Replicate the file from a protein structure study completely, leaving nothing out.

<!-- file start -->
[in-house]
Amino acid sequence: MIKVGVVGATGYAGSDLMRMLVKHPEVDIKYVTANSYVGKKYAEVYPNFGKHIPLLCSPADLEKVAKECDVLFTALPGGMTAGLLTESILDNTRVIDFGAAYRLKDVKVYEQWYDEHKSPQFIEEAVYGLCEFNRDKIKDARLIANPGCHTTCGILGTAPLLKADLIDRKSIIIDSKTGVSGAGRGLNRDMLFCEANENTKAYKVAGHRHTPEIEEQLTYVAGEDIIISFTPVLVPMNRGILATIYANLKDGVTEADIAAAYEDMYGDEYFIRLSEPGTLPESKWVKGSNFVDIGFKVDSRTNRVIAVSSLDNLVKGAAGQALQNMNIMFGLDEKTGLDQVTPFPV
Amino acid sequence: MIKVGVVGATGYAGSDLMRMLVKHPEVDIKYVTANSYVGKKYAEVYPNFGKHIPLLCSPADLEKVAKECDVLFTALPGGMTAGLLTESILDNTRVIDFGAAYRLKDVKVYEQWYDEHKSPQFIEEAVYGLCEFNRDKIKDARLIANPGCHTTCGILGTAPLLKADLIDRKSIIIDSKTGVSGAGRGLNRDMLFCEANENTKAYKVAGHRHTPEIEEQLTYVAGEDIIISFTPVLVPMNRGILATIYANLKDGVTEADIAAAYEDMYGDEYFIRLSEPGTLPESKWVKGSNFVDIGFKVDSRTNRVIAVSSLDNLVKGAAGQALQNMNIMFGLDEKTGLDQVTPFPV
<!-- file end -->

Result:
[in-house]
Amino acid sequence: MIKVGVVGATGYAGSDLMRMLVKHPEVDIKYVTANSYVGKKYAEVYPNFGKHIPLLCSPADLEKVAKECDVLFTALPGGMTAGLLTESILDNTRVIDFGAAYRLKDVKVYEQWYDEHKSPQFIEEAVYGLCEFNRDKIKDARLIANPGCHTTCGILGTAPLLKADLIDRKSIIIDSKTGVSGAGRGLNRDMLFCEANENTKAYKVAGHRHTPEIEEQLTYVAGEDIIISFTPVLVPMNRGILATIYANLKDGVTEADIAAAYEDMYGDEYFIRLSEPGTLPESKWVKGSNFVDIGFKVDSRTNRVIAVSSLDNLVKGAAGQALQNMNIMFGLDEKTGLDQVTPFPV
Amino acid sequence: MIKVGVVGATGYAGSDLMRMLVKHPEVDIKYVTANSYVGKKYAEVYPNFGKHIPLLCSPADLEKVAKECDVLFTALPGGMTAGLLTESILDNTRVIDFGAAYRLKDVKVYEQWYDEHKSPQFIEEAVYGLCEFNRDKIKDARLIANPGCHTTCGILGTAPLLKADLIDRKSIIIDSKTGVSGAGRGLNRDMLFCEANENTKAYKVAGHRHTPEIEEQLTYVAGEDIIISFTPVLVPMNRGILATIYANLKDGVTEADIAAAYEDMYGDEYFIRLSEPGTLPESKWVKGSNFVDIGFKVDSRTNRVIAVSSLDNLVKGAAGQALQNMNIMFGLDEKTGLDQVTPFPV